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Embrace screwcaps, Europe - but get it right

Published:  23 July, 2008

A leading Australian authority on screwcaps has urged European producers to embrace the closure but warned: Producers have to ensure they bottle correctly or it could do real damage to the image of screwcaps.'

Peter Godden, group manager of industry development and support at the Australian Wine Research Institute (AWRI) and the man in charge of its groundbreaking closure trials, told Harpers last week that he was keen to see increased take-up of the closure in Europe. If producers in some of the big European countries like France and Italy start to back it, then there will be real pressure on the big bottle manufacturers to produce the bottle we've been asking for. It's not just to do with bottle shape, it's about improvements to the lip of the bottle and small adjustments that we know could help the screwcap work better. With most of the demand just coming from Australia and New Zealand, they are reluctant to change their designs every year and keep pace with developments in closure technology.'

Godden added that producers would have to be careful about who does their bottling and where they do it. Putting wines under screwcaps can cause problems - everyone knows that now - but if you have expertise from both the bottler and winemaker, so that the bottling is done well and the wine properly prepared, you shouldn't have any problems. We've got the reduction problem sorted in Australia now, and we have lots of people with great expertise.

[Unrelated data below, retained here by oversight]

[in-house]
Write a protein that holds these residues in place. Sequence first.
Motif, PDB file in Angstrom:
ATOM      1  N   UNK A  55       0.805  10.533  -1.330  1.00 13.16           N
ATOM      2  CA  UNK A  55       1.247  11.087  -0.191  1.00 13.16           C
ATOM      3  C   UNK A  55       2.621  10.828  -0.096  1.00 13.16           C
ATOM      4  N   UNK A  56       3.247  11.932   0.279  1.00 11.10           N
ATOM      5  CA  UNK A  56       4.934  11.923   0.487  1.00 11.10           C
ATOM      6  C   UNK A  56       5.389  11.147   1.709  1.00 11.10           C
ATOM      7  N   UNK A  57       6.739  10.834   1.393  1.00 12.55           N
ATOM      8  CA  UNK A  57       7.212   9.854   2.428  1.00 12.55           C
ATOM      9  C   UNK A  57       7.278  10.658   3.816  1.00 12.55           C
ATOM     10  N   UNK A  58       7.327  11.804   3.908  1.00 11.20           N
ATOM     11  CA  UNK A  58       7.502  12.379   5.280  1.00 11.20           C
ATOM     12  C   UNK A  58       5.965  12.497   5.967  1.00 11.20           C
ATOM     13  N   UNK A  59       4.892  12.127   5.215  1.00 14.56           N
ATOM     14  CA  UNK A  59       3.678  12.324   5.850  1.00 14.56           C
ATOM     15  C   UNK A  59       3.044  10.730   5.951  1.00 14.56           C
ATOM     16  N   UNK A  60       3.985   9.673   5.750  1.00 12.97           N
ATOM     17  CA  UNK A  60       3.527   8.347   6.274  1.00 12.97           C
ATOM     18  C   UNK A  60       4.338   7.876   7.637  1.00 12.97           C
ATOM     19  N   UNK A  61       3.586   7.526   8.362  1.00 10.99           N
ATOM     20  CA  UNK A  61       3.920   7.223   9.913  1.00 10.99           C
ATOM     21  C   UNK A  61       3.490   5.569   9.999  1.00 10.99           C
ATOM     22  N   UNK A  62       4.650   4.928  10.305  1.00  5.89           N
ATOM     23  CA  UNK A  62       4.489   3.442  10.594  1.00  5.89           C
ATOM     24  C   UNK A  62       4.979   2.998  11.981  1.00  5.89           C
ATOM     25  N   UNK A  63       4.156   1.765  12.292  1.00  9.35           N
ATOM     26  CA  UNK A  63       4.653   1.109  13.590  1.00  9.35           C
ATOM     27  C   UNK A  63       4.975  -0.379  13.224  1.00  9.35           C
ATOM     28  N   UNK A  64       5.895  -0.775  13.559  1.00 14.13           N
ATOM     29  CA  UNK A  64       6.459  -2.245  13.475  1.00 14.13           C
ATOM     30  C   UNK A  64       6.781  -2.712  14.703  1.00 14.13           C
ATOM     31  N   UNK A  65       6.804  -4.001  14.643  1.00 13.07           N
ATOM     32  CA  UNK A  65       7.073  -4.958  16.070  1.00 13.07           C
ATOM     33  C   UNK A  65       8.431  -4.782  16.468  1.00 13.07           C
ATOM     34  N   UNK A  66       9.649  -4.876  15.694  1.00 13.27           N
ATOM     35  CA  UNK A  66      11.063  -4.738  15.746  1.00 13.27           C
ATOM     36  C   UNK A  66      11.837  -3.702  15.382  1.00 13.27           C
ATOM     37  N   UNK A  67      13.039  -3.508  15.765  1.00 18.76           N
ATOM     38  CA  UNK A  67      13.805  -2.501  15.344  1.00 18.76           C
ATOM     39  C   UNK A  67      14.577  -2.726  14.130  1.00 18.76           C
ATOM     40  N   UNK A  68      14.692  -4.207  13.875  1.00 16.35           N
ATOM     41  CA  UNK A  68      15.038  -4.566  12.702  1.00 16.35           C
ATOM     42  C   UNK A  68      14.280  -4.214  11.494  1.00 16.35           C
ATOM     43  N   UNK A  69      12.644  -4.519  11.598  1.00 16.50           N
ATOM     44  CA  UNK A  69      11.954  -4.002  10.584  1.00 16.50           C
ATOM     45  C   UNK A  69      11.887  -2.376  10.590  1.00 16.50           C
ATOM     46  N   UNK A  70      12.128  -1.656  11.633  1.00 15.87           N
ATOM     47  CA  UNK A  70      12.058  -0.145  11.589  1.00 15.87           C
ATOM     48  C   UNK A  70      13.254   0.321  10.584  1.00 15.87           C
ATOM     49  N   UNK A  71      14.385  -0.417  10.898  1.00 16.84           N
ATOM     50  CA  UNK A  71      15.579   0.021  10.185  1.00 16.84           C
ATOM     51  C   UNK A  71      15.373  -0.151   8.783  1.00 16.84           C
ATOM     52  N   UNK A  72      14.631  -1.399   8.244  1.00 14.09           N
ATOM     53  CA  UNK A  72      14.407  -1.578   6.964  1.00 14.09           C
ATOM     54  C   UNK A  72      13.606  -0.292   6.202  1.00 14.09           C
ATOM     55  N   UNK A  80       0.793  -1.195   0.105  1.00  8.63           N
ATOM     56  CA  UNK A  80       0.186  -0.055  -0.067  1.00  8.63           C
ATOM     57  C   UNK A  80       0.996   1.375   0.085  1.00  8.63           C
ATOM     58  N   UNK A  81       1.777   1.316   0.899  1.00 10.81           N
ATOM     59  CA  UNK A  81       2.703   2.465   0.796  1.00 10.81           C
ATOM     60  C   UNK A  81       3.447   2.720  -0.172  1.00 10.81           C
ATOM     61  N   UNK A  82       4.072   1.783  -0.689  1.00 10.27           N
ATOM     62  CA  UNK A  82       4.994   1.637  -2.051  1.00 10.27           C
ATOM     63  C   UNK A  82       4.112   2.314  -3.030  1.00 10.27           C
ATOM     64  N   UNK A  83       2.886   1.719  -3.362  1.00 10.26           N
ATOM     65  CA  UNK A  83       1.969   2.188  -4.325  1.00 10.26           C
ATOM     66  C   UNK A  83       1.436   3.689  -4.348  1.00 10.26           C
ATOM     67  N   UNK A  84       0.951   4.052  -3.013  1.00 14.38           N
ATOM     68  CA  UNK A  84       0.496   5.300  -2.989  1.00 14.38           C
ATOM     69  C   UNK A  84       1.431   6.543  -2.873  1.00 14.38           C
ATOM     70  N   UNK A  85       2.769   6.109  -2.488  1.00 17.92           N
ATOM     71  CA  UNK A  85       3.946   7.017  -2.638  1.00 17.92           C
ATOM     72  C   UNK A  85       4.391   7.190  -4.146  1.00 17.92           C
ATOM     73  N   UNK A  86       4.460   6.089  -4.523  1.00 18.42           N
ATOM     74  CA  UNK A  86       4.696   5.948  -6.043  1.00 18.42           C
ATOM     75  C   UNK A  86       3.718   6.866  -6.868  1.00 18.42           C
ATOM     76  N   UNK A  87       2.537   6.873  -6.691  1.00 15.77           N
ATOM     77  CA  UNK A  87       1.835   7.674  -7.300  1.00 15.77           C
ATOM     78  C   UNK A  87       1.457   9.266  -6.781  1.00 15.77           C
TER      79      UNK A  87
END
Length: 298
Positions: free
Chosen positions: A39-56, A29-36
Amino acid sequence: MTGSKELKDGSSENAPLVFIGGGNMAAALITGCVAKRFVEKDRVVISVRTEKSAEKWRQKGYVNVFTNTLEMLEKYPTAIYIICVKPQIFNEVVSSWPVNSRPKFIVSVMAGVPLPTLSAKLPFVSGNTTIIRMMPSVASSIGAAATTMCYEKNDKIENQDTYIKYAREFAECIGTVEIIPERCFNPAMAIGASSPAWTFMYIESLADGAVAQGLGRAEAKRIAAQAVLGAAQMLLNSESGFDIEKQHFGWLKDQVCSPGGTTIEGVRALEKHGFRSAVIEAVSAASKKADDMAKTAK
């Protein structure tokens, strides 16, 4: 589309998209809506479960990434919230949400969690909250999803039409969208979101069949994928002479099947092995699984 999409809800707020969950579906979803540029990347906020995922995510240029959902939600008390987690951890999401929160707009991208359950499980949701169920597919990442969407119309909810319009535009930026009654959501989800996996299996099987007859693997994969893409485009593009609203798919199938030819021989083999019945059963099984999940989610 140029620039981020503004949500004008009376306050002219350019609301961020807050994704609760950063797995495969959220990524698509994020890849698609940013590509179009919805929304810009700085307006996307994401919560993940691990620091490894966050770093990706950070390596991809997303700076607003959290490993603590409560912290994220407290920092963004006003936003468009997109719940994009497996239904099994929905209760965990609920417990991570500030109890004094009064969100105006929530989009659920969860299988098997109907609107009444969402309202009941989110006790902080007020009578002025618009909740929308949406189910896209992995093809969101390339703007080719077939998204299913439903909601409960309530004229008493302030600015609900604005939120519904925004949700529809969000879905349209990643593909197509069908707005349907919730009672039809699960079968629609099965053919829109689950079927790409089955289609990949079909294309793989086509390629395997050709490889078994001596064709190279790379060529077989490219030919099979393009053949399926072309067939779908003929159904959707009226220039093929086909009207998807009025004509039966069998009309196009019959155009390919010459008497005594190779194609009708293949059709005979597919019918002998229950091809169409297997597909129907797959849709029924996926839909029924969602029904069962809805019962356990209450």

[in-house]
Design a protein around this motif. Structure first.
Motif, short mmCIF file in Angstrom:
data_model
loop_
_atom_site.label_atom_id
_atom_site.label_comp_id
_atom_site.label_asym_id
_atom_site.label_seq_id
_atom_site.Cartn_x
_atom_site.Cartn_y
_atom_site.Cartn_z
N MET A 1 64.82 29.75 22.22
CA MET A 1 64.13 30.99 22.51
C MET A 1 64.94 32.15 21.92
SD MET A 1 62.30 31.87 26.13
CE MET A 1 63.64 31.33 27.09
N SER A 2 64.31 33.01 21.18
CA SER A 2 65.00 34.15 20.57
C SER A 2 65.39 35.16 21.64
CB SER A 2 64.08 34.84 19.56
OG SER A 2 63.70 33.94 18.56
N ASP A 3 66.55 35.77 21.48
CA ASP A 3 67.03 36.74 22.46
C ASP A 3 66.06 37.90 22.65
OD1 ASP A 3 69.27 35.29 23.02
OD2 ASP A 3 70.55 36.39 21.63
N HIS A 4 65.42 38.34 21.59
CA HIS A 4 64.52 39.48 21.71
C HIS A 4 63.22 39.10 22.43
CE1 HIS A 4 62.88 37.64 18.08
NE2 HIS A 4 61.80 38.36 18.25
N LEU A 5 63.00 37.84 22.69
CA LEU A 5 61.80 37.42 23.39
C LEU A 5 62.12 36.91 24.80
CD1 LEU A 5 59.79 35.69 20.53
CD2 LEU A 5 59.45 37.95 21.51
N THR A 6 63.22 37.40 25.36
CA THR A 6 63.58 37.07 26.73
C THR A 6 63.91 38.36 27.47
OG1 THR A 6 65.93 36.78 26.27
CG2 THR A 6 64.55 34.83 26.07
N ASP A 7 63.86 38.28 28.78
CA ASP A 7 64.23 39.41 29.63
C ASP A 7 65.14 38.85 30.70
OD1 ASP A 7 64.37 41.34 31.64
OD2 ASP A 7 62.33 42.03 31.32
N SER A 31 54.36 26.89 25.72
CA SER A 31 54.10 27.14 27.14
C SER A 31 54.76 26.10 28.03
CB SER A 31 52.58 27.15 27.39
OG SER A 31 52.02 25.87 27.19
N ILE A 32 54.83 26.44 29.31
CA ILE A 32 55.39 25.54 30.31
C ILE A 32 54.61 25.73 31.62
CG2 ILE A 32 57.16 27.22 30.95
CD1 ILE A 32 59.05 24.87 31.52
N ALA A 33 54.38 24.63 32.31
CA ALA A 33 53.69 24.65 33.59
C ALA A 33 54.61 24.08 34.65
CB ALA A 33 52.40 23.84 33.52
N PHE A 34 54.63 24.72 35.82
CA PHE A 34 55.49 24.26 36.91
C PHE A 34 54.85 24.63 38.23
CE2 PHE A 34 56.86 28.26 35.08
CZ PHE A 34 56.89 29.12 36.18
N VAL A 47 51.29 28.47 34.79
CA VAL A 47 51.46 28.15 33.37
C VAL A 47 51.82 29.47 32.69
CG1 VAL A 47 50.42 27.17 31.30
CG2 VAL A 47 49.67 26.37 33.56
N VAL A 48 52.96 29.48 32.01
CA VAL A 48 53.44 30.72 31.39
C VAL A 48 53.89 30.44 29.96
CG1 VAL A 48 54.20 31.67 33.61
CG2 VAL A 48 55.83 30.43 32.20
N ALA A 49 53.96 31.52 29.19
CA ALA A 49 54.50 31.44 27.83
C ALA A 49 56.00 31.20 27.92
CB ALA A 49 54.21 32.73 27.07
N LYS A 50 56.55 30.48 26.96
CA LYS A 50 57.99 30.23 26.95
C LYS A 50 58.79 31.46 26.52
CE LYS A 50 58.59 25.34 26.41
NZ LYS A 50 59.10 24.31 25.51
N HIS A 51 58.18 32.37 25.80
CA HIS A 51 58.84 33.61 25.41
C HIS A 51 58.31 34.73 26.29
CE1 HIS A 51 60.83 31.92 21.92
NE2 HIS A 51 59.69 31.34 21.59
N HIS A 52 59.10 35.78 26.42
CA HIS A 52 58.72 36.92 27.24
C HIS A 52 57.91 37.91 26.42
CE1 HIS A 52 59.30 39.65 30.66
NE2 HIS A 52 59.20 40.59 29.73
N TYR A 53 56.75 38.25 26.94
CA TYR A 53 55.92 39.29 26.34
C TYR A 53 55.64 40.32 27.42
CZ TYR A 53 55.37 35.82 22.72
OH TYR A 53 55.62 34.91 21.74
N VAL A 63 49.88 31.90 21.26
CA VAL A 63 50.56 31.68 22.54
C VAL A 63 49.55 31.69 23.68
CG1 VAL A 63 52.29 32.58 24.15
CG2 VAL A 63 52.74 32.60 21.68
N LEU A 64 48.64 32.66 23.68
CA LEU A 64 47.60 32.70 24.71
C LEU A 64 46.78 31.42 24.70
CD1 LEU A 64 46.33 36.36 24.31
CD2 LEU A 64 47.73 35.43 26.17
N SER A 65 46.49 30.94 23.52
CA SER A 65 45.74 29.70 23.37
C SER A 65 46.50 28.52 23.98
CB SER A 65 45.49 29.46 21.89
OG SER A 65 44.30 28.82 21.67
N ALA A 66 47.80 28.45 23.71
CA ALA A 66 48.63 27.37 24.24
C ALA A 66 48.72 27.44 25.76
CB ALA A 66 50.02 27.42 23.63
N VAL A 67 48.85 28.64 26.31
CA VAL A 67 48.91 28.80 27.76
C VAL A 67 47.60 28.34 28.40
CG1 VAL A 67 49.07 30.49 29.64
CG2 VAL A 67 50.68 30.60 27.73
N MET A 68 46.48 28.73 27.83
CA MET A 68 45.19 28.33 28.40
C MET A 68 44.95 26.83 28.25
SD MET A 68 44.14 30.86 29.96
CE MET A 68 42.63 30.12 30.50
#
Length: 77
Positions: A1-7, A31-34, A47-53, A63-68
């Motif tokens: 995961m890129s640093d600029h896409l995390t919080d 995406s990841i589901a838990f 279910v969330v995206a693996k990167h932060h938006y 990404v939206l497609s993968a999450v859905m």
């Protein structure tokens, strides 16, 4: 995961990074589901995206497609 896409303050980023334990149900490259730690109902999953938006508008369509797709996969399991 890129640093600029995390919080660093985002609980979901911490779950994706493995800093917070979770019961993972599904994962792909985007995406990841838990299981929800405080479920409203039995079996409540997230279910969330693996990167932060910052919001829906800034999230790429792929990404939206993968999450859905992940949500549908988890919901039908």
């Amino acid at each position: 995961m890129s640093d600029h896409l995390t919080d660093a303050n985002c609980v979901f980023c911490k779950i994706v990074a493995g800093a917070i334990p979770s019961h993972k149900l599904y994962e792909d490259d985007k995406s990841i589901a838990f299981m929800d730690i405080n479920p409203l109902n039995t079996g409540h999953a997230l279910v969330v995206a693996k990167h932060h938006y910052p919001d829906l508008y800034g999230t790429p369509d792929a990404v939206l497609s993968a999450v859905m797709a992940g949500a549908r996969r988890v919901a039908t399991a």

I've been travelling around Europe for a couple of months now, and it's clear to me that AOC, DOC or whatever rules producers are controlled by could be a problem. There are some excellent bottling plants in Europe that do a great job, but under some appellation laws the wine has to be bottled in the DO. It's easy enough to pay the guy who does the bottling to convert one of the bottling lines to screwcap, but if he doesn't have the expertise and back-up laboratory then you could see problems. I'd be uneasy about letting someone who does bottling for just 15 or 20 days a year to put my wines under screwcap. I saw something like this in Italy recently and

it concerned me.'

Godden also revealed details of the AWRI's ongoing programme to reduce Brettanomyces levels in 120 selected wineries across Australia. Overall, the level of 4-ethylphenol (one of the main causes of Bretty' aromas) has dropped by 67% in the wines produced, which are all Cabernets. We realised we have a Brett problem in Australia, and we're making very good progress on changing it,' says Godden. The latest figures are only for the 2002 vintage, and we are hoping we will see a similar reduction when we analyse the wines from 2003 and 2004.'

The programme involves a number of measures, including heating the must during red-wine pressing (to ensure released sugars are quickly converted to alcohol rather than providing food for Brettanomyces yeasts), increased cleanliness and

better use of nitrogen addition and sulphur. One interesting thing we've seen is that VA levels have also dropped,

by 35-40% in some cases,' added Godden.